Sensory Integration Dysfunction and Sensory Processing Disorder (SPD)

Sensory Integration Dysfunction and Sensory Processing Disorder (SPD)

Sensory Integration Dysfunction and Sensory Processing Disorder (SPD)

If any sense is inefficient, the integration process can be disrupted, and Sensory Integration Dysfunction (SID) – a term coined by A. Jean Ayres PhD – occurs.  However, because of the possibility of confusing it with the unrelated disorder Sudden Infant Death Syndrome (SIDS), in the 1980s, those in the field informally began using the term DSI for dysfunction in sensory integration. Ayres Sensory Integration Ayres Sensory Integration® (ASI) is now trademarked, and includes the original theory, assessment, patterns of dysfunction, and intervention concepts, principles, and techniques articulated by Dr. Ayres and applied by therapists trained in this approach worldwide. Some of Dr. Ayres’ colleagues and students, headed by Susanne Smith Roley OTD, OTR/L, FAOTA and Zoe Mailloux, OTD, OTR/L, FAOTA, founded a new organization called The Collaborative for Leadership in Ayres Sensory Integration (CLASI). CLASI provides continuing education opportunities for mastering, applying and advancing knowledge in ASI theory and practice, culminating in a certificate of certification.  CLASI is a…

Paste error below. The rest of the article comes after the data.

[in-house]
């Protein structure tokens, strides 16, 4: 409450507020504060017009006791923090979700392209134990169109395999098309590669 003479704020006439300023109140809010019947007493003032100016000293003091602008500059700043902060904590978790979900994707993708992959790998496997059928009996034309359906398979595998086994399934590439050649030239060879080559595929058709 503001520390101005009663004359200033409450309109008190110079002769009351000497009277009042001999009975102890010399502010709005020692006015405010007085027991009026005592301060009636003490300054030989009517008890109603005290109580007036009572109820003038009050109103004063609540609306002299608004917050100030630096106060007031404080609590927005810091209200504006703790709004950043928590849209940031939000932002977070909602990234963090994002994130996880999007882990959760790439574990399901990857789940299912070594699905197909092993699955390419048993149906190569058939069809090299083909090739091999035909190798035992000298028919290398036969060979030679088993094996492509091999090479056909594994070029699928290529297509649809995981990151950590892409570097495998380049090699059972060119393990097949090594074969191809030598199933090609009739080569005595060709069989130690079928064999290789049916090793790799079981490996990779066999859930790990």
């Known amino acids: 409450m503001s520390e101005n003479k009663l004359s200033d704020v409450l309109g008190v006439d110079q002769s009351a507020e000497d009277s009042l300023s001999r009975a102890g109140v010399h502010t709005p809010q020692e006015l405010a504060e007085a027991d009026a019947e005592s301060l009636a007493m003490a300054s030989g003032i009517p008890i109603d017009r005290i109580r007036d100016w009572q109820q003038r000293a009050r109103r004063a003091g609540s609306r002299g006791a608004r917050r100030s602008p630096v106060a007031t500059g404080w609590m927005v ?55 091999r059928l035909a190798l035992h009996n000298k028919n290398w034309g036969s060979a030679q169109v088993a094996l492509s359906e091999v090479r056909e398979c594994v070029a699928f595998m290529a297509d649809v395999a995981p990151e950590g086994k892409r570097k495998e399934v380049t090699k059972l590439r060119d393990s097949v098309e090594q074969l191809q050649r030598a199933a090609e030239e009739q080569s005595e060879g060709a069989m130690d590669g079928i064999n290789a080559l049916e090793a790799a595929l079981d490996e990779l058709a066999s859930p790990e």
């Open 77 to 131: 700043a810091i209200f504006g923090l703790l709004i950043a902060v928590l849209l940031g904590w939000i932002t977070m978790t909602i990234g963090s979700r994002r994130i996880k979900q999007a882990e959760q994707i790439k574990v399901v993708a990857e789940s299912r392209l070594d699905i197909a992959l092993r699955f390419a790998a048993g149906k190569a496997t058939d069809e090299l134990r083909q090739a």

Preventing Sensory Processing Disorder in High-Risk Infants

Preventing Sensory Processing Disorder in High-Risk Infants

Preventing Sensory Processing Disorder in High-Risk Infants